A mild winter with little snow, a warm and early spring—so far the year has been kind to horses (and people) in many northern states. But the good weather may have some unwanted effects on horse health, says Michigan State University Extension veterinarian Judy Marteniuk, DVM. Here are three risks to watch for:
- Disease-carrying insects. Early spring warmth gave insects a head start on the season, increasing the danger of insect-borne diseases like Lyme disease, carried by black-legged ticks, and West Nile virus, Eastern equine encephalitis and Western equine encephalitis, carried by mosquitoes. These insects were out and about, breeding and biting, weeks ahead of schedule. (New research also suggests that mild winters may move up the date at which disease-carrying mosquitoes shift from biting birds, their early season prey, to horses, people and other mammals.) To counter the threat, many horses were vaccinated against West Nile, EEE and WEE a few weeks earlier than usual. “The effect of the vaccinations lasts six to eight months,” Dr. Marteniuk says, “so these horses may need boosters in the fall if the mild weather continues.” Follow your veterinarian’s guidance.
- Internal parasites. The mild winter may have increased the risks from strongyles and other internal parasites. Adult strongyles (large or small) live in your horse’s large intestine and produce eggs that are passed in manure. In pastures (or wherever they land) the eggs hatch into infective larvae that horses ingest. Warmer-than-usual temperatures may have allowed more eggs to survive winter and hatch out early, Dr. Marteniuk says. “You don’t necessarily need to deworm more, but monitor closely to be sure parasites are under control,” she says. “Fecal evaluations should always be part of your program, and you may want to do an extra one this year.”
- Sand colic. Cases of sand colic have been higher than normal in her area this spring, Dr. Marteniuk reports. Lack of snow cover meant that turned-out horses nibbling for forage (or fed on the ground) took in quantities of sandy soil, which can build up in the gut and irritate the intestinal lining. Horses should be kept off barren, sandy soil and fed on mats to reduce the risk, she advises. Psyllium supplements, fed according to the manufacturer’s directions, may help move sand through the gut. But don’t expect quick results, Dr. Marteniuk says: “It can take weeks or months for sand to be moved out of the digestive tract, depending on the amount present.”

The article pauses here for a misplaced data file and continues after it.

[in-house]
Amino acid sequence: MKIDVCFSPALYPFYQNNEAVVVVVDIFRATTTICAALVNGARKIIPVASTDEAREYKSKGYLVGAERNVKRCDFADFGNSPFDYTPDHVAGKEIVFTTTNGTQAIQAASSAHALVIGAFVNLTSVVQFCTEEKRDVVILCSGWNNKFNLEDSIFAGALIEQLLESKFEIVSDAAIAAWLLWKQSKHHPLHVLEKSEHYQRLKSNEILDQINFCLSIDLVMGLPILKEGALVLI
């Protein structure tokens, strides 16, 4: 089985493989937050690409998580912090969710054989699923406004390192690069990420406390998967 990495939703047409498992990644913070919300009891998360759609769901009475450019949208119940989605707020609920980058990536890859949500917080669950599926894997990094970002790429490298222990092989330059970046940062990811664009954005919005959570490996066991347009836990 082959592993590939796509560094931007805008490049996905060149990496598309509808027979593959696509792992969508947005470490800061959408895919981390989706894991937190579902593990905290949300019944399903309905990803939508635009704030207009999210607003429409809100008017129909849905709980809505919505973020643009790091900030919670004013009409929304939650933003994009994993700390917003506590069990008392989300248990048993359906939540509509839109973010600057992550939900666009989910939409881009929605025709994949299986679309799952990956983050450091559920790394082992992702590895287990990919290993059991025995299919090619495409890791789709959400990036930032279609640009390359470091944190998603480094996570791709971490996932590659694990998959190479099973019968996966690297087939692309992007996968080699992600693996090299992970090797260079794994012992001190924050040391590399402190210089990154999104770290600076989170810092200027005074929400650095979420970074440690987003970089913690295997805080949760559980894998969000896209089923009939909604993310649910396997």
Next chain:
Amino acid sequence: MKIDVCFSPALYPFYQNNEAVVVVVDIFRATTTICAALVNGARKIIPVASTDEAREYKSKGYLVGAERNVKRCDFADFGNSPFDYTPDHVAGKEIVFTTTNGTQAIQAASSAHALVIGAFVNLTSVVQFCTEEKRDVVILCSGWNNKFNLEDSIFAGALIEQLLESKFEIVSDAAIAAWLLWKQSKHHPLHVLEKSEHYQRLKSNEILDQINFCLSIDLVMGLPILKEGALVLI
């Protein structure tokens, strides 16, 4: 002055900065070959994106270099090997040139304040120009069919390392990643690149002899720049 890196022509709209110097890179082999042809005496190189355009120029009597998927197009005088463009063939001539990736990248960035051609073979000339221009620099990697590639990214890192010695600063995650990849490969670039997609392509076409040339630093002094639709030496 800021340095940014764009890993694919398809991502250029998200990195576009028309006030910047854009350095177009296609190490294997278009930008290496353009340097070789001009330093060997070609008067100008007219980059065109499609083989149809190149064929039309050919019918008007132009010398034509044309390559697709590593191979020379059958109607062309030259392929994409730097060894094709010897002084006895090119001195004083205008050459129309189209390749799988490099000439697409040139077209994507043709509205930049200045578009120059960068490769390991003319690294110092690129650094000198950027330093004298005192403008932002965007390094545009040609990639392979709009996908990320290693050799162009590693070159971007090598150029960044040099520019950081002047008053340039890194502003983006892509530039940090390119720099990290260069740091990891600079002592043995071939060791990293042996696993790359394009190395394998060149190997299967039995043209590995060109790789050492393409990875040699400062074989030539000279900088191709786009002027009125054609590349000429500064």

The Big Dry
Meanwhile, a prolonged drought has parched areas from Arizona east to North Carolina and northern Florida, and from Kansas south into Mexico. Last year Texas, in the heart of the stricken region, had the hottest and driest summer and the most destructive drought in its history, according to state officials. Pastures browned and stock tanks dried up. This year spring rains brought relief across parts of the Great Plains and along the Gulf Coast, especially in southeast Kansas, Oklahoma and northern and central Texas. But drought conditions persist in much of the Southwest and parts of the Southeast, and horse owners are dealing with the effects.
The drought has sharply curtailed hay production. As local supplies ran out last year, hay was trucked to Texas from as far away as Oregon, and prices shot up. Many horse owners turned to hay cubes, alfalfa pellets, beet pulp and other fiber sources to stretch their limited stores. This year, supplies have remained tight and prices high. In March, horse hay was listed for $10 to $20 per small bale and $90 to $100 per 4-by-5-foot round bale on the Texas Department of Agriculture’s Hay Hotline website.
The number of horses auctioned off, turned over to rescues or simply abandoned has risen in the drought-stricken regions, according to news reports. The drought was also said to be a factor in increased cases of some equine diseases, such as pigeon fever (a bacterial infection that causes abscesses, often in the chest and abdomen).
Scientists believe the weather phenomenon called La Niña was a major factor in the southern drought, and the National Weather Service’s Climate Prediction Center expects the current La Niña to end by summer. But many other forces drive weather patterns. For example, scientists report that rapid warming in the Arctic is altering the path of the jet stream, the major west-to-east air current over North America. That trend may make weird weather the new normal.